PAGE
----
Growing Microgreens can be healthy for us AND the Earth! (8 minute read)

You might be surprised to learn that growing Microgreens the wrong way can lead to a dramatic increase in your carbon footprint.  Truly, it’s another example of why Climate Change is such a difficult problem to solve.  The scope of the problem and obstacles to potential solutions are daunting, and the damage is difficult to see as it rolls out so slowly (at least up until recently).  The most passionate pushbacks occur from long-standing industries, citing the potential for industry-wide job losses and big economic changes for people and regions.  Boiled down, the debate manifests most often as commerce vs ecology.  For some, commerce means NOW and ecology is a problem to be solved LATER.  It’s easy for concerned citizens to become angry at these commerce-first people, seemingly fiddling while Rome is burning, but it’s not a new viewpoint and there’s lots of reason for it to exist.  Humans have been so successful on this planet because our big brains allow us to iterate to improve our productivity.  We just simply strive to do everything quicker and more efficiently than the people who came before us did.

The industry of growing Microgreens is young.  The first Microgreens were commercially grown in the mid-1990’s, and by now most of us know that they represent a huge health benefit to all of us.  The past few years alone have resulted in over a 300% growth in consumption.  The market for Microgreens is getting very real, and produce industry experts believe that consumption of Microgreens worldwide will rise more than 1400% over the next 4 years, with demand outpacing production!  So, despite all the growth we’ve had in this industry, we’re still in our infancy.  These facts just underscore the need to get it right, BEFORE we create large volume, entrenched practices which begin to negate much of the good work being done to slow carbon emissions.

Are you still wondering how something as simple as growing Microgreens can impact greenhouse gas emissions?  How about a hint then…

This is a peat bog.  It’s a natural wetland area that took at least 10,000 years to produce.  This particular bog has layers and layers of sphagnum moss that was covered up before it was able to compost, locking 50+ million tons of carbon into the Earth, where it should stay.  In fact, peat bogs now only occupy 3% of the Earth’s land, but they contain 30% of all the carbon currently sequestered in the Earth – twice the amount of sequestered carbon than all of Earth’s forests combined.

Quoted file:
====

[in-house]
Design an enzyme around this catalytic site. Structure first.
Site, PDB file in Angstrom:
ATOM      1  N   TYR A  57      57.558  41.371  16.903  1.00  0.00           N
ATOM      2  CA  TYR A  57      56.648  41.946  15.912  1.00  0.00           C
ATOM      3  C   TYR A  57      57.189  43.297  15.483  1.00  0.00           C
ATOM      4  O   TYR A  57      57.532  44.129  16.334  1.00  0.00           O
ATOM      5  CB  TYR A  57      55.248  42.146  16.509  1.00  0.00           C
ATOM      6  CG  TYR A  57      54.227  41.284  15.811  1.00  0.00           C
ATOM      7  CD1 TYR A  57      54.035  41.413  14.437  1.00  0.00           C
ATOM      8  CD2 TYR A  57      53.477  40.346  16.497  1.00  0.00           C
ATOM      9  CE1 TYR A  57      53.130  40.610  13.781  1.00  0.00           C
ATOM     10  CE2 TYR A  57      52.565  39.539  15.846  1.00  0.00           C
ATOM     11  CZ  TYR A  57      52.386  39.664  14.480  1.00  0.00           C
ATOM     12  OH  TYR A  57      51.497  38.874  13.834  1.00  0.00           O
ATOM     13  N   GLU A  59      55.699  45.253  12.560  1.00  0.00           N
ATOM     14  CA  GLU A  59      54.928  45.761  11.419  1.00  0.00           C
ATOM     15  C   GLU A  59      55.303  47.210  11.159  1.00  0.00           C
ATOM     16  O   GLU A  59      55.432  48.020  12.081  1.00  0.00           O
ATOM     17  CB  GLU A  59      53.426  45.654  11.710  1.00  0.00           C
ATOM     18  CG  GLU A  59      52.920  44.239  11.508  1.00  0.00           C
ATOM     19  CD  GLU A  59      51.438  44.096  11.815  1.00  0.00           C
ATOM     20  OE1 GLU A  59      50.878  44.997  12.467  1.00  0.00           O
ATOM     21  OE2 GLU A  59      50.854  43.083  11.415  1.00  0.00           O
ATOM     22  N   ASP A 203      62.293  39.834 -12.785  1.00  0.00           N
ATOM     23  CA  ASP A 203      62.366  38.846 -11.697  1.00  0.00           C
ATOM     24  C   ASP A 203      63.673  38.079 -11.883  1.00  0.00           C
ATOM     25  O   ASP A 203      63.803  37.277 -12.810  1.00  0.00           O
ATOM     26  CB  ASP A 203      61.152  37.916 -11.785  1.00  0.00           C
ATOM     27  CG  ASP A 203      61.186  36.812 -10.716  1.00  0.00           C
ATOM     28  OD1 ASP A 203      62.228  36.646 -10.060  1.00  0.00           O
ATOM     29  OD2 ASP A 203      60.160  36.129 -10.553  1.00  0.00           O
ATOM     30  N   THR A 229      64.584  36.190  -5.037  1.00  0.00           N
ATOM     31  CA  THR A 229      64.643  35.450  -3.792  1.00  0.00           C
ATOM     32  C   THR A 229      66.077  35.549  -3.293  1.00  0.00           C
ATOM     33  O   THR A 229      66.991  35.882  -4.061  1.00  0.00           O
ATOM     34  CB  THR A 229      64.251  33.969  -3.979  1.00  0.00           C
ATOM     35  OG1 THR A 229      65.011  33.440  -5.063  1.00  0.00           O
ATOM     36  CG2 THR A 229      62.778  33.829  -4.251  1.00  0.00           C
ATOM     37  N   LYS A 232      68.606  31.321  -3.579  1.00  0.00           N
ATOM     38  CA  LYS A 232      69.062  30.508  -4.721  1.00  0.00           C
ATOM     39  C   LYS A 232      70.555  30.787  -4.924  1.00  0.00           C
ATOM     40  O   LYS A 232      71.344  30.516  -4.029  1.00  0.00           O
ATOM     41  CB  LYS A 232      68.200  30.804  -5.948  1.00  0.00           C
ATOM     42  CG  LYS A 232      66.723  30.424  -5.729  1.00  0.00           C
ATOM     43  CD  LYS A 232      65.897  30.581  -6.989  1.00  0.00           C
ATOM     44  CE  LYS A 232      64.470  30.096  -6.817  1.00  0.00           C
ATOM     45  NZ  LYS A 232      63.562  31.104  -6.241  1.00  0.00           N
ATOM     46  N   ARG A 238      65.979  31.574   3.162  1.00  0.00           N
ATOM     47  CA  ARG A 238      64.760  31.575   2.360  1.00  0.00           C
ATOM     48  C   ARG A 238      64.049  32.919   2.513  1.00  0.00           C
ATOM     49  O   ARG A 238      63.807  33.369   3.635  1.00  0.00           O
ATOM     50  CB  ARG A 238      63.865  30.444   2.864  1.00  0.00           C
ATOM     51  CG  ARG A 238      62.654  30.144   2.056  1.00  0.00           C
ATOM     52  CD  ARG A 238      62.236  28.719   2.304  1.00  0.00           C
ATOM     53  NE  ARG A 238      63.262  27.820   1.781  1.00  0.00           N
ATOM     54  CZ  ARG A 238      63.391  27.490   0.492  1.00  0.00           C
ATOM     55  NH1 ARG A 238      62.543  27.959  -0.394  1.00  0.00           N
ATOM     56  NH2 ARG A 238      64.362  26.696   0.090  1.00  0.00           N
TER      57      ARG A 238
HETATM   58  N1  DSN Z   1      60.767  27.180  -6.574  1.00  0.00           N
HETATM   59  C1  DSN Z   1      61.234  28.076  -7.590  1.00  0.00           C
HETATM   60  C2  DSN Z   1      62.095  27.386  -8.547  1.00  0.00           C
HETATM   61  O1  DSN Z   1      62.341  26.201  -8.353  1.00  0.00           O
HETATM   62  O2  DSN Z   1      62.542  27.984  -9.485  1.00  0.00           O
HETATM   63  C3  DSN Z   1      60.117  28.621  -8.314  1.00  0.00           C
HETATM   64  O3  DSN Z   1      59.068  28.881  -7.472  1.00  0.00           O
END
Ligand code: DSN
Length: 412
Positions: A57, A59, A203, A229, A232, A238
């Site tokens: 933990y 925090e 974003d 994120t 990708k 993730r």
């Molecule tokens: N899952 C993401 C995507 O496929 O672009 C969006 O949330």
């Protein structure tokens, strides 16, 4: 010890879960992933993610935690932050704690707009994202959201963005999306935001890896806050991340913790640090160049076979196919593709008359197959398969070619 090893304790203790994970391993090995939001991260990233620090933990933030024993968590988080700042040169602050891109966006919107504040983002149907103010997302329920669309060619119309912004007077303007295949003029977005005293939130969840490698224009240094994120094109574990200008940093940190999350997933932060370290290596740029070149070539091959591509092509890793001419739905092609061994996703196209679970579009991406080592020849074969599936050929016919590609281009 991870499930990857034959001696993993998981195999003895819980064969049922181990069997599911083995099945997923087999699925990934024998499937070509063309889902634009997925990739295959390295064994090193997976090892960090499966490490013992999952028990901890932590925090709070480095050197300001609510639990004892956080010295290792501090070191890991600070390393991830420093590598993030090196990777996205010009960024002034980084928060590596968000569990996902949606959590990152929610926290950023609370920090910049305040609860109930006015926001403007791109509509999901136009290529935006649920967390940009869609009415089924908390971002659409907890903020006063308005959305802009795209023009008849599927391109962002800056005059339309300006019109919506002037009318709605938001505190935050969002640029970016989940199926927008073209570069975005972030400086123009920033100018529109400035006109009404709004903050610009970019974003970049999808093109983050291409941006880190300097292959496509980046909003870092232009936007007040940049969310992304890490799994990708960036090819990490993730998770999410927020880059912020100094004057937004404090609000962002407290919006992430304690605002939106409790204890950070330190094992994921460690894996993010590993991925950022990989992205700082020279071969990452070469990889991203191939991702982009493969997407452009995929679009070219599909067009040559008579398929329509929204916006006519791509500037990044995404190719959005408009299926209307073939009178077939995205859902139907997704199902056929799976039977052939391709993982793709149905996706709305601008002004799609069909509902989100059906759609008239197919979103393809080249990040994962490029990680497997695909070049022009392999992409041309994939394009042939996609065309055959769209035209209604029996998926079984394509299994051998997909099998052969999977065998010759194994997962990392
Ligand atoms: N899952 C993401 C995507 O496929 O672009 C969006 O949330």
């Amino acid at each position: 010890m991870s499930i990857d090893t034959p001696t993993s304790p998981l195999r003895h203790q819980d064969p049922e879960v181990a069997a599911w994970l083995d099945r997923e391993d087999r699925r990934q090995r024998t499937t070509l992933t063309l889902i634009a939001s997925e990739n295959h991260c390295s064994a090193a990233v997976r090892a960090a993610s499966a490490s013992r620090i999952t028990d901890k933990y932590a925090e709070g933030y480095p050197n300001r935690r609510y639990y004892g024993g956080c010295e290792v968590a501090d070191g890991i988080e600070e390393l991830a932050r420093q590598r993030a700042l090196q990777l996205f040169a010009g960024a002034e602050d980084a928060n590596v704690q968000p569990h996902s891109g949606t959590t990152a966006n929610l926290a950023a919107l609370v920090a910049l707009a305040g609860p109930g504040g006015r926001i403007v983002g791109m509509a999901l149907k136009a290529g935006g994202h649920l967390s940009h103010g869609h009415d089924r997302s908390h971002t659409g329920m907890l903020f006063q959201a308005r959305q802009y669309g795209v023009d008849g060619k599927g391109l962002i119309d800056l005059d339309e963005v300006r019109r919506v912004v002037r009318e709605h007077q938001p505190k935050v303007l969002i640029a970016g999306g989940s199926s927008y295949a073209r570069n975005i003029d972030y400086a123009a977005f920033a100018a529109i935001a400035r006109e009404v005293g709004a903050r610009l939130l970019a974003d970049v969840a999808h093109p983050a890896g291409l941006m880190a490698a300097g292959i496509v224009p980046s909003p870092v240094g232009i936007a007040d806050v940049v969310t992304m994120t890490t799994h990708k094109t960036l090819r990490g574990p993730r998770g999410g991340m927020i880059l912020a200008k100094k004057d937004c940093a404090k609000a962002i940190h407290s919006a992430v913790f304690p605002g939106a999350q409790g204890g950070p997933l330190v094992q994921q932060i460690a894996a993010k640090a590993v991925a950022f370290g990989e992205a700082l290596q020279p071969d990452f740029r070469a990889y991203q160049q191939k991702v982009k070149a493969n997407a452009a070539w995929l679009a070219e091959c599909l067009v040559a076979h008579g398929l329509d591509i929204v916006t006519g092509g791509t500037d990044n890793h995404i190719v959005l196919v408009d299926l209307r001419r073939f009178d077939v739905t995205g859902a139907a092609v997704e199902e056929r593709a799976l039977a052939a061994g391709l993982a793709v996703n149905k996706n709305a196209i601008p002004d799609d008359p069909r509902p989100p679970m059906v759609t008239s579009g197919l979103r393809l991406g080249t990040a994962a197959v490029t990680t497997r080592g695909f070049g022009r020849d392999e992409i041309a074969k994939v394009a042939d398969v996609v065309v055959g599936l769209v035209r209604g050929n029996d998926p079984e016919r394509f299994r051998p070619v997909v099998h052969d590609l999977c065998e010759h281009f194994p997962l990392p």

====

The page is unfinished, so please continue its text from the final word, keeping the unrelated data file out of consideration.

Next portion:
This is the way peat most often comes into our lives as growers of Microgreens.  The potting mixes used by Microgreens growers is made of 75%-85% peat.

To get that bag of peat, the peat bog is first drained by having deep channels scored into it.  The water is then pumped out.

Then the dried bog is set afire to kill off the living vegetation rooting in the topsoil, over and over again as new growth happens, releasing a terrible amount of greenhouse gases, but that is just the beginning of the damage!

No longer locked in place by the wetland vegetation, the exposed bog will continue to leak 10,000+ year old carbon into the atmosphere for as long as it remains uncapped. The peat is sucked out of the bog by a mobile vacuum into rail carriers leading to the processing facility.  This process continues until there’s nothing left but a deep hole.

Ireland became the first country to ban peat extraction and peat products to fight climate change.  Legislation has since been introduced in several other countries, but it’s being fought hard by industry.  Most peat available in the USA comes from Canada, where peat extraction is occurring at staggering levels.  Our industry is creating a huge and growing demand on potting mix producers.  In fact, the peat producers can’t keep up with this rising demand and are working aggressively in Canada, South America and in Africa to extract as much as possible.  This will be devastating from an ecological and climate science point of view.  It is believed that 86% of the peatlands in England have already been destroyed.  If this level of destruction repeats in Canada, it will likely end most life on Earth.

Most Microgreens growers have no idea their operations could be substantially contributing to greenhouse gas levels.  Because of the extremely high carbon density of peat, even a medium sized indoor farm (at 100 trays per week) growing on potting mix equates to the same carbon emissions as operating 42 average combustion engine passenger cars.

So what can be done about all of this?  Firstly, take the pledge to go Peat Free at The Wildlife Trusts website.  Second, switch to our reusable mesh medium, which is obviously a Peat-Free Solution.  This helps in two ways – our system removes some of the climbing demand for peat in the Microgreens market and we donate 4% of our proceeds directly to 3 Groups working on the Problem…

The Wildlife Trusts

Friends Of The Earth

Project Drawdown

We also recommend these organizations for your consideration if you’re looking for a charity to support.